Hi --

On Sun, 28 Oct 2007, murphy wrote:

> Dear language designer(s) and parser wizards,
>
> can we allow hash literals like {1:2, 3:4, 5:6} (for numbers, or even
> better, for general keys)? I think that would be the best replacement
> for the old list notation. my guess is that people are using the
> following types of keys most (sorted by importance):
> - Symbols
> - Strings
> - Special objects (not containers)
> - Fixnums
> - constants (eg. classes)
> - (who uses containers for keys? yugh!)
>
> I'd love Ruby 1.9 to allow the following:
>
> Symbols:  { foo: 23, bar: 42 }  (already supported in 1.9)
>
> Strings:  { 'foo': 23, 'bar': 42 }  (used a lot)
>
> Numbers:  { 1:1, 3:9, 2:4 }  (shortcut, looks like a multiset)
>
> Objects: typically given as variables. Tricky, because if foo is a local
> variable, { foo: 3 } would be ambiguous. So we need parentheses:
>
>  foo = Foo.new 313
>  { default: 0, (foo): 'Hash me!', (Math::PI): 3.14 }

I think it's much more straightforward just to say: foo => 'Hash me!'.
After all, => is already there as a generalized hash separator; I
don't think (): adds anything. (I'm still hoping that the => for
lambda will go away before 1.9.1....)

> That would of course allow basically everything:
>
>  { (/default/): 0, (()): (()), ({a:0}):0, ([1,2,3])::a,
>    (ENV.keys.map(&:upcase)): :":", (foo): 7, (Foo): 7, foo: 7 }
>
> but the classic => notation also allows this:
>
>  { /default/ => 0, () => (()), {:a=>0} => 0, [1,2,3] => :a,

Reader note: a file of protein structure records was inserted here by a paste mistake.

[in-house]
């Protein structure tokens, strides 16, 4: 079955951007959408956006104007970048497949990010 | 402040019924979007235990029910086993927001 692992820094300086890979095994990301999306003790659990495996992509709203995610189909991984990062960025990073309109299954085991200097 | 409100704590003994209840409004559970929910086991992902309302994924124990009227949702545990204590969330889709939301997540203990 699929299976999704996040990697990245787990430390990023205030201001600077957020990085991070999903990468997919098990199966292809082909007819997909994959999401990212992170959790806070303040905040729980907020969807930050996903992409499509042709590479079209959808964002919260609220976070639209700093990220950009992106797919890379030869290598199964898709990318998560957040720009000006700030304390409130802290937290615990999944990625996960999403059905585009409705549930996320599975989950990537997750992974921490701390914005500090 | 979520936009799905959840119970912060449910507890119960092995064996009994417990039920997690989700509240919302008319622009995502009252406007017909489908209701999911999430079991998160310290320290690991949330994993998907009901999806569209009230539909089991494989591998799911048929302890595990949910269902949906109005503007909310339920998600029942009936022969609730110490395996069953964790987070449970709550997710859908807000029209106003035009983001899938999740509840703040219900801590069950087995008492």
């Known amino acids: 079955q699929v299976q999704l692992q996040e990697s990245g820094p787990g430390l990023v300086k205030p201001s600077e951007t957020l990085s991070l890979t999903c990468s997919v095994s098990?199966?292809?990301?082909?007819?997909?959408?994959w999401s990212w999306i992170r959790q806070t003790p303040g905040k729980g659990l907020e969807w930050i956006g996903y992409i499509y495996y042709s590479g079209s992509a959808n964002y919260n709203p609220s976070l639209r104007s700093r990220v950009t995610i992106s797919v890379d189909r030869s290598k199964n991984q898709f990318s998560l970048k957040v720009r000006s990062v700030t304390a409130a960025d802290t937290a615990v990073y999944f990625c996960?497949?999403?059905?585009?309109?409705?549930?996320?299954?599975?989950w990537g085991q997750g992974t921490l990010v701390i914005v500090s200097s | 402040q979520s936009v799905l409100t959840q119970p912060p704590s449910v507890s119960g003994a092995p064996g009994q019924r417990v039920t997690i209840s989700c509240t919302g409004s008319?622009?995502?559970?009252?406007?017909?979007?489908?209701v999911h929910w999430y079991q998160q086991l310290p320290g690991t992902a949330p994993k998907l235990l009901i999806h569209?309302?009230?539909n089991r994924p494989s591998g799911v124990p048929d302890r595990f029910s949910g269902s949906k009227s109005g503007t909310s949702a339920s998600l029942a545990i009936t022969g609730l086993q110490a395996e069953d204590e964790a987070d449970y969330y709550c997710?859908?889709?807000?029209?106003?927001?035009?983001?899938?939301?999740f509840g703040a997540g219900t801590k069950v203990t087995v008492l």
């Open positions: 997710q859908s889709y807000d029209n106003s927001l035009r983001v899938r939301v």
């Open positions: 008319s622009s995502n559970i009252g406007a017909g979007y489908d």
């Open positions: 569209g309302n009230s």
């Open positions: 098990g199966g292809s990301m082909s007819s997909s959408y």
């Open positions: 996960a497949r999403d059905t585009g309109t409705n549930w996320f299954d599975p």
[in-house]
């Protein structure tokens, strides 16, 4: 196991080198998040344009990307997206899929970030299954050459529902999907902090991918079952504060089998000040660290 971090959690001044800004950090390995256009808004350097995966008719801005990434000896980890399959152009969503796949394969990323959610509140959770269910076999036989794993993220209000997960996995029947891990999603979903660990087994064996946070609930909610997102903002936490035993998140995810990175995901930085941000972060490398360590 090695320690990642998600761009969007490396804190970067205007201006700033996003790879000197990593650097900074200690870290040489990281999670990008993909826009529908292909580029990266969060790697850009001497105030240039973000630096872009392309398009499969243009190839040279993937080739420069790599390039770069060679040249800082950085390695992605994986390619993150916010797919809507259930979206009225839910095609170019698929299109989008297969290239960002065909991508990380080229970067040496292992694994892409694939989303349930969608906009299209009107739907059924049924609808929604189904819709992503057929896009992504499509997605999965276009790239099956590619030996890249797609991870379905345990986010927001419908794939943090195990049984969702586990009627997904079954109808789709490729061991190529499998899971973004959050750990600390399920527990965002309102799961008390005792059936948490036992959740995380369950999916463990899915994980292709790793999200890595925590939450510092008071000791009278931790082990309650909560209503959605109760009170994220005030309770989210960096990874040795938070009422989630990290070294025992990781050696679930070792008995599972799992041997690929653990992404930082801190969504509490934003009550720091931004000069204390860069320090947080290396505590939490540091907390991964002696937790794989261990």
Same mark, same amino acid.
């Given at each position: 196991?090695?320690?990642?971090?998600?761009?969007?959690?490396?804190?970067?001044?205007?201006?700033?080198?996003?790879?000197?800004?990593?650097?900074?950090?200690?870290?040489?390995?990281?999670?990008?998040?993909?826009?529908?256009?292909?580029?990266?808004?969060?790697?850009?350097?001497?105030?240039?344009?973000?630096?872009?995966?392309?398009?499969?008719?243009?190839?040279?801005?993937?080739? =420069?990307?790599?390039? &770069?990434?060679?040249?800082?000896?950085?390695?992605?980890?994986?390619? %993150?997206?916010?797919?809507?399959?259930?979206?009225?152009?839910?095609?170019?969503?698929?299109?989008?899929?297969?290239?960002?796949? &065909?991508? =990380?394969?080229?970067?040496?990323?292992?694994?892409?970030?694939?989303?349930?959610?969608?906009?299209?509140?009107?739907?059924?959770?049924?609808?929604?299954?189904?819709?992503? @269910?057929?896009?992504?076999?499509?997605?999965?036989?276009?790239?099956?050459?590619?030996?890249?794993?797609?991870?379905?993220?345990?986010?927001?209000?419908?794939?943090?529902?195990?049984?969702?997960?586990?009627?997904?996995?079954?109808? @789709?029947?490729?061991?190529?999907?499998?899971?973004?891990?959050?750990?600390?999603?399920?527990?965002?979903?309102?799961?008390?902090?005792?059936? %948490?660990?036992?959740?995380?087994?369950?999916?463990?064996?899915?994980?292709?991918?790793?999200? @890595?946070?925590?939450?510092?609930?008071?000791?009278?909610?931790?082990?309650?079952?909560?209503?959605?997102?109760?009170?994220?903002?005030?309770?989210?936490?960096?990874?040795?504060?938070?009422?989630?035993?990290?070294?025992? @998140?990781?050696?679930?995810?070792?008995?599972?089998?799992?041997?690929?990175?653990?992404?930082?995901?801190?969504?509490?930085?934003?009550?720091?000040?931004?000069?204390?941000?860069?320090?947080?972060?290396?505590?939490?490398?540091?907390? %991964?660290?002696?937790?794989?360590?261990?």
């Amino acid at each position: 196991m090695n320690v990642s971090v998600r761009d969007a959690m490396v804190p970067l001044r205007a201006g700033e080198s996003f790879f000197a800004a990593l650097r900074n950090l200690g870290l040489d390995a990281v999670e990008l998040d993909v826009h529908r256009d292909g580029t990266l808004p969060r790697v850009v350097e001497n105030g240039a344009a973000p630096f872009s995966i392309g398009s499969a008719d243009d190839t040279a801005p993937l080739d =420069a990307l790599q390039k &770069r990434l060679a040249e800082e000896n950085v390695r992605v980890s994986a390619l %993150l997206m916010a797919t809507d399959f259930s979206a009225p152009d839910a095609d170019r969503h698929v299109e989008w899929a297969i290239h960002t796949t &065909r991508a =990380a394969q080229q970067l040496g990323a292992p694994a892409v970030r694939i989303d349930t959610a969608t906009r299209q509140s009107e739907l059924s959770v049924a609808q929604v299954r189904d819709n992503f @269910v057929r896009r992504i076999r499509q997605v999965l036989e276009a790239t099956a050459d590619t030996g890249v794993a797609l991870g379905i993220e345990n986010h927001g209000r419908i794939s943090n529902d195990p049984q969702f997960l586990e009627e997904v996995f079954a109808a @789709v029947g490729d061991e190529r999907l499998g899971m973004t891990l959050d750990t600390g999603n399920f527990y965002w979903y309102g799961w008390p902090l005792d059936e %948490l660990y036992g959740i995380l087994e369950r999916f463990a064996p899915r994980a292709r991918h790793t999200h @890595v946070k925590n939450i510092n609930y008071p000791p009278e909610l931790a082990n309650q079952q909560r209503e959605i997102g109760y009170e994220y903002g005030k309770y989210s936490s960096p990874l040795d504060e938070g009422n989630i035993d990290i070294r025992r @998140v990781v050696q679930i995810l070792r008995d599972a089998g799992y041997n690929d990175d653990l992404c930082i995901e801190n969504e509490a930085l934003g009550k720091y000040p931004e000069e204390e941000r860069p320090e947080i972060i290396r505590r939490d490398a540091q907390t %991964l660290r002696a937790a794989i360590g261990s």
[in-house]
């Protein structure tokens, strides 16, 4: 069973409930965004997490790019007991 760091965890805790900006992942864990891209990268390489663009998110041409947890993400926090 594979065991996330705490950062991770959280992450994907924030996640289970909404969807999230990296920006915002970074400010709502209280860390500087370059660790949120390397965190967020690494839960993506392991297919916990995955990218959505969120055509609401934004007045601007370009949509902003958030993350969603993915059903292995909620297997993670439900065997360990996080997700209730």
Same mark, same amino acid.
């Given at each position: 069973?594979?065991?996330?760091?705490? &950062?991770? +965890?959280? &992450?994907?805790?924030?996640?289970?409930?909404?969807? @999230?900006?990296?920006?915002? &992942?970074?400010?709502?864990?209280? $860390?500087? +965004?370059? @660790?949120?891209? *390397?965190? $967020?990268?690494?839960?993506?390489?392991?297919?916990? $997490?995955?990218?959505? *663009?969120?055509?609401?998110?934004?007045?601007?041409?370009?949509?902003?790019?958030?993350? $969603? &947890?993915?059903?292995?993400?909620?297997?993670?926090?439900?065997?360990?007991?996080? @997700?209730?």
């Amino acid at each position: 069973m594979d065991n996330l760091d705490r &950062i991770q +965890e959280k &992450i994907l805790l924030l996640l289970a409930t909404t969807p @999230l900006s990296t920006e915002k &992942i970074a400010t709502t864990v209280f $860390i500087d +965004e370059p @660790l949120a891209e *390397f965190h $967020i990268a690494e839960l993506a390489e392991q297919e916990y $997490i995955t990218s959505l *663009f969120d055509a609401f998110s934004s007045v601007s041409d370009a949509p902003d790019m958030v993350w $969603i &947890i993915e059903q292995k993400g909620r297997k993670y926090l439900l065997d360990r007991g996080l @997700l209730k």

>    ENV.keys.map(&:upcase) => :":", foo => 7, Foo: 7, :foo => 7 }
>
> Another solution would be just to handle keys that look like identifiers
> (local variables, methods and constants) special and interpret them as
> Symbols, and make the colon an alternative to => for everything else.
> you only have to use parentheses around local variables and constants then:
>
>  { /default/: 0, (): (()), {a:0}:0, [1,2,3]::a,
>    ENV.keys.map(&:upcase): :":", (foo): 7, (Foo): 7, foo: 7 }
>
> (code golfers, cheer!)

Line noise fans, likewise :-)  Sorry, but that really is the first
thing that springs to mind. (): (()) for nil => nil is not my cup of
tea. (It actually looks remarkably like a left-rotated Fred Flintstone
in my font, which is kind of cool, but it's not very nice-looking as
Ruby code.)

> Since the current implementation even allows => and : to be mixed in a
> literal, it seems already to be smart enough to parse everything up to
> the colon:
>
>  SyntaxError: (irb):10: parse error, expecting `tASSOC'
>  { {a: 3}: 3}
>           ^
>
> So, are there design or technical reasons not to allow general hask keys
> in the new colon notation?
>
> (or am I asking an old question that can be answered with a link?)

I would argue (strongly) against it on style grounds. I don't know
about the parsing.


David

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